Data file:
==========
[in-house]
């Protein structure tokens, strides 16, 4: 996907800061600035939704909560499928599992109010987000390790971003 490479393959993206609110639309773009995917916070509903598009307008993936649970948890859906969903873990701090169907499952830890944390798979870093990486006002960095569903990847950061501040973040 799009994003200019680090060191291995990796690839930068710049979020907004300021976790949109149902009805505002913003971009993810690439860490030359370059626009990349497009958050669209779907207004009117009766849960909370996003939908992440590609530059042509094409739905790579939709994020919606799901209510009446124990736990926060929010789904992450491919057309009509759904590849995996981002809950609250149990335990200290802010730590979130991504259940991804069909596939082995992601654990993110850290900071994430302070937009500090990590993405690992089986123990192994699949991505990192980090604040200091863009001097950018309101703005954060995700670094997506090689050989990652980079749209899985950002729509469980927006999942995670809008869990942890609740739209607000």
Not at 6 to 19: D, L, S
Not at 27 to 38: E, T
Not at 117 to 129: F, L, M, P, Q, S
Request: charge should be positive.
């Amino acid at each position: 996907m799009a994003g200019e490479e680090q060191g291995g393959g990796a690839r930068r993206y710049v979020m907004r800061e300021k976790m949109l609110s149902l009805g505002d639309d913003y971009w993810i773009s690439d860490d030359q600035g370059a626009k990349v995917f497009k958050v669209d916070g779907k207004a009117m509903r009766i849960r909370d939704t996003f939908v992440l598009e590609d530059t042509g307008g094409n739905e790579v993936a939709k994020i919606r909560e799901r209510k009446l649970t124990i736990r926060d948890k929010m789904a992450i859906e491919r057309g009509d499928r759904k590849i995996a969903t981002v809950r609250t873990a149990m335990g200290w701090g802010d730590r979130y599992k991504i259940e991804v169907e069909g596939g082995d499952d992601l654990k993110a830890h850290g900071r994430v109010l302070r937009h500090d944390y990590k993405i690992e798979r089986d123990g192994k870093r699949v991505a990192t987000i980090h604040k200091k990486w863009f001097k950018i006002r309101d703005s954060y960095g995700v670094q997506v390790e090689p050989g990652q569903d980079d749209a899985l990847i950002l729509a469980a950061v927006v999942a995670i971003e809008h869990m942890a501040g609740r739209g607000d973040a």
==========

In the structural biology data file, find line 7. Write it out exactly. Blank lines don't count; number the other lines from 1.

């Amino acid at each position: 996907m799009a994003g200019e490479e680090q060191g291995g393959g990796a690839r930068r993206y710049v979020m907004r800061e300021k976790m949109l609110s149902l009805g505002d639309d913003y971009w993810i773009s690439d860490d030359q600035g370059a626009k990349v995917f497009k958050v669209d916070g779907k207004a009117m509903r009766i849960r909370d939704t996003f939908v992440l598009e590609d530059t042509g307008g094409n739905e790579v993936a939709k994020i919606r909560e799901r209510k009446l649970t124990i736990r926060d948890k929010m789904a992450i859906e491919r057309g009509d499928r759904k590849i995996a969903t981002v809950r609250t873990a149990m335990g200290w701090g802010d730590r979130y599992k991504i259940e991804v169907e069909g596939g082995d499952d992601l654990k993110a830890h850290g900071r994430v109010l302070r937009h500090d944390y990590k993405i690992e798979r089986d123990g192994k870093r699949v991505a990192t987000i980090h604040k200091k990486w863009f001097k950018i006002r309101d703005s954060y960095g995700v670094q997506v390790e090689p050989g990652q569903d980079d749209a899985l990847i950002l729509a469980a950061v927006v999942a995670i971003e809008h869990m942890a501040g609740r739209g607000d973040a």